ROCHESTER, N.Y. — Monro Inc.'s strategy to improve underperforming stores in its network paid off, but overall store sales were essentially flat during the company's first fiscal quarter, due in part to softening consumer demand.
Net income for the quarter, ended June 25, dropped 20.4% to $12.5 million, despite a 2.3% increase in sales to $349.5 million, compared with the year-ago quarter. Operating income fell 6% to $26.3 million, or 7.5% of sales, as compared to $27.9 million, or 8.2% of sales in the prior-year period.
The fiscal first-quarter results included Monro's wholesale and tire distribution assets which it sold to American Tire Distributors (ATD) on June 16 for a total transaction value of $102 million. The two companies entered into a supply agreement which provides for tire distribution directly to Monro's stores.
"We are pleased that our partnership with ATD is off to a great start, giving us much better availability of tires, quicker delivery and better pricing. Aside from the cash flow generated from this transaction, it has sharpened our focus on our retail store operations. We will concentrate all of our energy and resources on our core strength as a retailer," Monro President and CEO Mike Broderick said.
During the fiscal first quarter, Monro opened three stores and closed four, ending the period with 1,303 company-operated stores and 80 franchised locations.
Comparable store sales increased 0.4% for the period — compared to an increase of 34.5% in the prior-year period.
Comparable store sales increased 2.8% in the company's retail locations, driven by a 15% comparable store sales increase in approximately 300 of Monro's small or underperforming stores.
Underperforming stores represented about a quarter of the overall store base, Broderick said. He said the first-quarter results show its strategy of improved technician staffing levels and training is working.
The other stores experienced soft consumer demand, beginning in June, partly due to inflationary pressures and higher fuel prices.
Comparable store sales increased about 5% for tires and front end/shocks, 2% for brakes and 1% for maintenance services, compared with the year-ago period; store sales decreased about 2% for alignments.
Gross margin decreased 180 basis points to 35% in the first quarter from 36.8% in the year-ago period. The decrease was primarily due to an incremental investment in technician headcount and wages to support current and future sales growth, Monro said.
Total operating expenses for the first quarter were $95.9 million, or 27.4% of sales, as compared to $98 million, or 28.7% of sales, in the prior-year period. The year-over-year decrease was primarily due to a $1.2 million gain on the sale of the Monro's wholesale locations and tire distribution assets and costs associated with the closing of a related warehouse and $3.9 million in one-time litigation settlement costs in the prior-year period.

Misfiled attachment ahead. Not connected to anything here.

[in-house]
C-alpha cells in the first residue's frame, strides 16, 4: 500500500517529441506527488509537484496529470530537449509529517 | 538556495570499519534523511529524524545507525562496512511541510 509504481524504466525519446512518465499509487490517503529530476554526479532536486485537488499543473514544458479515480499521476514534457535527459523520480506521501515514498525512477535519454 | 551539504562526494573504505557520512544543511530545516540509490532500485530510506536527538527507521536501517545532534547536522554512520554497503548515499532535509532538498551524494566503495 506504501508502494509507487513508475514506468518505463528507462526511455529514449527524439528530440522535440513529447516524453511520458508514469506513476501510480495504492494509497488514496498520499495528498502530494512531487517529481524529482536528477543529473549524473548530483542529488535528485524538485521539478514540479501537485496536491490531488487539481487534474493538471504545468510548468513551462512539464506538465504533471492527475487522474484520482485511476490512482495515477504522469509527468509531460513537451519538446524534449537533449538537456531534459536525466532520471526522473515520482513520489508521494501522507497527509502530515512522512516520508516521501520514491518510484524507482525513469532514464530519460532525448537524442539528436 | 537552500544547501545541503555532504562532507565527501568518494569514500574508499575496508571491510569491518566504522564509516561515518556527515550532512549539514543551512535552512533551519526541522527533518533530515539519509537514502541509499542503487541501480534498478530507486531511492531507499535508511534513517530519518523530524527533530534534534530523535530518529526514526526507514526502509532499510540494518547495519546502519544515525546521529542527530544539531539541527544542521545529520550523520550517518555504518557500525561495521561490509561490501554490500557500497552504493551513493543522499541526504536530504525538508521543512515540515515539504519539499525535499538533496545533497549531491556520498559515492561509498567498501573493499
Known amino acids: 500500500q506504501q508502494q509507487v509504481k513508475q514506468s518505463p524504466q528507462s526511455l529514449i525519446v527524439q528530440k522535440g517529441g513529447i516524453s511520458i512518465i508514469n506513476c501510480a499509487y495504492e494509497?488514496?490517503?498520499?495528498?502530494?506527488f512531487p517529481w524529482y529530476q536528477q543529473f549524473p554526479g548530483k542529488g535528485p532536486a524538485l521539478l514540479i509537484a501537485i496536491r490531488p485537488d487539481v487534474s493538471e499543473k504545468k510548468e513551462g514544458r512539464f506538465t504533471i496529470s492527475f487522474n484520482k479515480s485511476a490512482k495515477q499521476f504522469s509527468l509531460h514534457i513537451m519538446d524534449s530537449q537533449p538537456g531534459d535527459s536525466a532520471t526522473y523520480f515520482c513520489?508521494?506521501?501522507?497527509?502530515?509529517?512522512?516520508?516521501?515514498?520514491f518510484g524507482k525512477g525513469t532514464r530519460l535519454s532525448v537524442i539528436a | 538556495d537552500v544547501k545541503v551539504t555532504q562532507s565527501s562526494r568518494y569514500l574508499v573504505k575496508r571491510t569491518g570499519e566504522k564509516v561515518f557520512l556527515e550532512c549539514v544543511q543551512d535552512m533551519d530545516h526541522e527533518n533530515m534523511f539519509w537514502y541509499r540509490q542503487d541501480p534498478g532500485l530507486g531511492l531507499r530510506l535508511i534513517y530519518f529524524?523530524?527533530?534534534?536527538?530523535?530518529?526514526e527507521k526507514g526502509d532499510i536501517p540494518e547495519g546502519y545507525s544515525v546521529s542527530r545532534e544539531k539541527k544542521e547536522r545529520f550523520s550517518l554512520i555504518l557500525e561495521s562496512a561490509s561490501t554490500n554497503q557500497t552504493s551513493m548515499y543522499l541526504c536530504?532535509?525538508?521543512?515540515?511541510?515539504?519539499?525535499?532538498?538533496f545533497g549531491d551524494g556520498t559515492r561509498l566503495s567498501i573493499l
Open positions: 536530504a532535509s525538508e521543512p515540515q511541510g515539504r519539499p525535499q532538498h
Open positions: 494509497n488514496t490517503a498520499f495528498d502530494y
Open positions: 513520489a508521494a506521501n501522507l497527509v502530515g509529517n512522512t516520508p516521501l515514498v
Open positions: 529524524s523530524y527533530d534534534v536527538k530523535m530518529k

"Our first-quarter results demonstrate clear progress in our strategy to improve our small or underperforming stores through our staffing initiatives. Our retail locations delivered comp store sales growth of approximately 3%, driven by outsized comp store sales growth of 15% in approximately 300 small or underperforming stores," Broderick said.
"This acceleration is a direct result of the labor capacity improvements we've made to meet customer demand. We are now in the final stages of our technician hiring efforts. Operational improvements in our in-store execution represent our greatest opportunity and are in our control. Properly training our technicians, re-allocating resources between front-of-shop and back-of-shop investments and delivering an outstanding guest experience will be critical to meeting our mid-single digit comp store sales growth expectations," he said.
"With our staffing initiatives almost complete, we are carefully managing expenses in the business which we expect to drive profitability. As we continue to capture productivity improvements from our technician staffing investments, we expect to deliver better results as fiscal 2023 progresses."
Over the last 12 months, Monro said it has increased staffing levels in its stores to meet needs of customers and now it is in the final stages of "right-sizing" store labor.
"These investments in additional head count and inflationary wage pressures, increased our technician labor cost as a percentage of sales in the quarter by 200 basis points versus the same period last year. This was a 50-basis points sequential improvement resulting from an increase in sales per tech hour and a 9% reduction in overtime hours," Broderick said.
He added that the company will continue focusing on training and reallocating resources between the front-of-shop and back-of-shop investments to maximize store productivity.
"We are focused on training our new and existing teammates on key in-store processes that drive sales and deliver an outstanding customer experience. These include store scheduling, phone skills, courtesy inspections and becoming our customers' most trusted vehicle advisor."